The Making of Therapeutic Art

I’ve been meeting with Jeff Lynhurst a few times over the past couple of weeks to get feedback about the “Catcher in the Rye” painting I’m working on for him.  This has been a new type of custom-art making experience for me, as usually someone just gives me a photo and I turn it into art.  Which has always worked out just fine, and my clients have always really enjoyed the art they’ve gotten.  However, Jeff didn’t give me a photo; he gave me a book to read (The Catcher in the Rye) and his story.

Jeff had selected about 20 pages for me to read that explained the scene he wanted painted, but I decided to read the whole book anyways.  I think reading the entire book helped me to get a better vision for the feeling of the painting.  It was a sad, pessimistic, sort of hopeless feeling.  After sketching my idea onto paper, Jeff and I talked more about the vision he had, so I made a few adjustments and began work on the canvas.  As I progressed in the painting, I’d email Jeff photos to get his input.  This was his painting after all, and I wanted to make sure he was getting what he envisioned!

Brigitta (my wife) and I have had Jeff over a few times over the past few weeks as well, to talk, have a beer, and see the painting in person to make sure it was coming along to his liking.  Jeff actually has kept telling me that he doesn’t want to deter my “artistic” vision, and to paint it how I see fit.  However, I know how important this is to him, and I know he’s just trying to be nice since he tried working with another artist before on this, and the guy was really intent on doing it his way.  Not surprisingly, that didn’t work out.  So I’ve been trying to encourage him to have an open mic and speak freely about what he wants, likes, and doesn’t like in the painting.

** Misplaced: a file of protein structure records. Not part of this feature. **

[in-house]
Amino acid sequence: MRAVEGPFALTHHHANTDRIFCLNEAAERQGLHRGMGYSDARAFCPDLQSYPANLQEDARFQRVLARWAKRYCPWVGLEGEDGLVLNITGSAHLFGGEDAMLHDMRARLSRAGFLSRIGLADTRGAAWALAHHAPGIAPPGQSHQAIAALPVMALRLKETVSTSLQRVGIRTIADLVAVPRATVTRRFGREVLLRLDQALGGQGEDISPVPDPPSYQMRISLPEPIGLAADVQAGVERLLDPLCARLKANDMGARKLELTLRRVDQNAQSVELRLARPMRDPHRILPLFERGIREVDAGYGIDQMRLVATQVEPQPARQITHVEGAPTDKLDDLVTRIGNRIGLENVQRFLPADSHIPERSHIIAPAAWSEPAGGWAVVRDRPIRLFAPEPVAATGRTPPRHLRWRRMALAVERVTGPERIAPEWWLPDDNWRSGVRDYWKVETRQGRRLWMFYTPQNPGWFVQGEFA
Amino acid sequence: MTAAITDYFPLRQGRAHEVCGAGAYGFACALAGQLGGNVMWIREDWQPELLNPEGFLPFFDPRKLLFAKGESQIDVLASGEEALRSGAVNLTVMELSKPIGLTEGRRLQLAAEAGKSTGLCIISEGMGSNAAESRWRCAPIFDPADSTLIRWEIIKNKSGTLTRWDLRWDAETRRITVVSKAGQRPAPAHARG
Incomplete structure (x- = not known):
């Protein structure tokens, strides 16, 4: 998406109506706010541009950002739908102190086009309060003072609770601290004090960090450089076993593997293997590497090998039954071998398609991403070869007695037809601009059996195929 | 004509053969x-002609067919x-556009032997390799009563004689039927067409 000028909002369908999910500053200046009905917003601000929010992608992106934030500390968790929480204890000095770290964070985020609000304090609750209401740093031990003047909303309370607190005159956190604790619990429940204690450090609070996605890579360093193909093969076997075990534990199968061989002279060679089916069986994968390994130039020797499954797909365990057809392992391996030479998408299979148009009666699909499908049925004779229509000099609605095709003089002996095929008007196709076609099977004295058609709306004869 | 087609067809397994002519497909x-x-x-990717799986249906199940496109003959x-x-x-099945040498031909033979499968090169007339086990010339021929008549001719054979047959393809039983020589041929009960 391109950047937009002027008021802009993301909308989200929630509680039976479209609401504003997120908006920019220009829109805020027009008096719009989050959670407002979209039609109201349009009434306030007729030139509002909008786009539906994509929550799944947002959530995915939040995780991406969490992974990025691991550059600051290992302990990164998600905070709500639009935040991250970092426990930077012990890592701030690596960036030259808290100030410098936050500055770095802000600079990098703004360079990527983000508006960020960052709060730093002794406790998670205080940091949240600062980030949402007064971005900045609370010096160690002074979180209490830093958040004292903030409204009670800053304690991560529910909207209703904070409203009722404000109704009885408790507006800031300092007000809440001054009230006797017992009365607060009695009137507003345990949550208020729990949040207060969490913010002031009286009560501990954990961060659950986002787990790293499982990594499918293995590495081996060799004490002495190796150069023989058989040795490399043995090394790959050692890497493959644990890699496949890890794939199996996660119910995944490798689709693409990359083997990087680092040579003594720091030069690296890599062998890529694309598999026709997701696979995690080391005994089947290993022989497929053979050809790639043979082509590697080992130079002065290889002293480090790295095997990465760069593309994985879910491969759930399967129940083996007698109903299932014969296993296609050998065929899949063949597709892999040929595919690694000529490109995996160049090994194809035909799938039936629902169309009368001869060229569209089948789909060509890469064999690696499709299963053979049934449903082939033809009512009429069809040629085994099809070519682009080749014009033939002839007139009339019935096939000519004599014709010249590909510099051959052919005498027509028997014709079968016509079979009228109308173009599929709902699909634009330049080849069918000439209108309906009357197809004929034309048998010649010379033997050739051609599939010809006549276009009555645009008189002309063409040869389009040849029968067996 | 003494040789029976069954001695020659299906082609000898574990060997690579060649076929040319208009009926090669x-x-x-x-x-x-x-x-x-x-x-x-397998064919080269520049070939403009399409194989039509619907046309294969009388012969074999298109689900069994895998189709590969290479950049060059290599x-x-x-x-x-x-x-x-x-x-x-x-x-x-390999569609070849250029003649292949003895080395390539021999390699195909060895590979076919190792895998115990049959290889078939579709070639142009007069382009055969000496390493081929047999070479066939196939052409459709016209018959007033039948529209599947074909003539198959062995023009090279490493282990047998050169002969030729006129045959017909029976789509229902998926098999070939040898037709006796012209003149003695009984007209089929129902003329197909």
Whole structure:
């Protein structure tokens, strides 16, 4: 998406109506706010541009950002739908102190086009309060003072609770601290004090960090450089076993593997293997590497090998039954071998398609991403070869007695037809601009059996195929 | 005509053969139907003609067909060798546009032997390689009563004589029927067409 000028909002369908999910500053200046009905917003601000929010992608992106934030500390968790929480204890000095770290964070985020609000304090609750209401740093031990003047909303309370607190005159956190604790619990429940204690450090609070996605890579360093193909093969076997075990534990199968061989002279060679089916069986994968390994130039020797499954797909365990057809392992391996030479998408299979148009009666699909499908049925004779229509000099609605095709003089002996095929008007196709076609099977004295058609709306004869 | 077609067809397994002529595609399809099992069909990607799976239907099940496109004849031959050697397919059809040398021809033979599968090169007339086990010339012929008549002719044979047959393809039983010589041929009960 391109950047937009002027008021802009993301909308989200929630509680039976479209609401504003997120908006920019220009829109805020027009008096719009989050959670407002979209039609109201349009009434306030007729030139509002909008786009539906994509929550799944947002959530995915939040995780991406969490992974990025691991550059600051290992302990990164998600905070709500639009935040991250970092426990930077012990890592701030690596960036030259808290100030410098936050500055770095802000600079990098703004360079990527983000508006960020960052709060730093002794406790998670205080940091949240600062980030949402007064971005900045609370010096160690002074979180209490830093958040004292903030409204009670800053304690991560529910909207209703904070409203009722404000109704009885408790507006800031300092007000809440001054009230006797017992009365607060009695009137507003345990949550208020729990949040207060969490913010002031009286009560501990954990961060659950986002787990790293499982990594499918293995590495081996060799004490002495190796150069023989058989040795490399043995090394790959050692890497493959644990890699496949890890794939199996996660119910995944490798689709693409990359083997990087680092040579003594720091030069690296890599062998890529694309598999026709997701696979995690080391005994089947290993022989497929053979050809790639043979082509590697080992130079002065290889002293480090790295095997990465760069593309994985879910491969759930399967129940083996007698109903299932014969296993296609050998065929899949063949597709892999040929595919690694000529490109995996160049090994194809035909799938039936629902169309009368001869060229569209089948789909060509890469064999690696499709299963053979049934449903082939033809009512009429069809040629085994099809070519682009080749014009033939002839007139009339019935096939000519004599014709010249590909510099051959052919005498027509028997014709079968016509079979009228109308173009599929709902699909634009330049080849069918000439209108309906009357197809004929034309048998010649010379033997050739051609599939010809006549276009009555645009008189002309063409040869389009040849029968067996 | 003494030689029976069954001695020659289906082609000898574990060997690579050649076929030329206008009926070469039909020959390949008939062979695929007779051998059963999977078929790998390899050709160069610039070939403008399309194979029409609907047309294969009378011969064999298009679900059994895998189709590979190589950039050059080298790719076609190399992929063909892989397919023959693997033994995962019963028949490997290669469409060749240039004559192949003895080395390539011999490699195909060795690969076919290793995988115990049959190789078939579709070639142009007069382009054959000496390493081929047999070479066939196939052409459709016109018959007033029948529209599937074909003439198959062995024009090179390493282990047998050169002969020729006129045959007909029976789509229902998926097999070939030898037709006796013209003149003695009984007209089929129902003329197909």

I’ve gone back a few times to make some adjustments after speaking with Jeff, especially with the dark sky.  It wasn’t dark or dangerous enough for him…in fact, I re-did the whole darker half of the sky.  I suppose that since I didn’t have the same type of experience as him, I couldn’t feel inside of me what he felt inside of him, and that translated into my initial version of the sky.  So it’s been good to keep going back and forth with Jeff.

Instead of painting Holden Caulfield (the main character of The Catcher in the Rye) on the cliff, Jeff had me paint his Dad.  He wanted his Dad to be trying to catch a child that would be running to jump off of the cliff.  I couldn’t make an exact replica of him since he had to be smaller to align proportionally with the scenery, but I assured Jeff that what I painted would resemble his Dad.  My first attempt (which Jeff told me definitely resembled his Dad), showed him stretching his arms out to the child, but it left some doubt as to whether he would actually catch him or not.  After seeing this, Jeff decided he wanted his Dad to actually be catching the child, so I painted over it to show that he would indeed be catching the child.

This was the last part of the painting that I did the other day, so it’s now complete (pending Jeff’s final approval).  We’re going to meet up again soon to take the painting over to his place.  He’s going to have it in his home for a few days and let his feelings and thoughts marinate, then decide if there’s anything else that needs to be done.  If so, I’ll make the adjustment, and if not, we’ll be done!

So sometime soon I’ll post pictures of the completed “Catcher in the Rye” painting, along with details of Jeff’s personal story and how this has been a therapeutic process for him.

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2 thoughts on “The Making of Therapeutic Art

  1. Can’t wait to see the final painting. It must be nice to know that you are creating something that will have so much meaning for another person, that’s what great art is all about.

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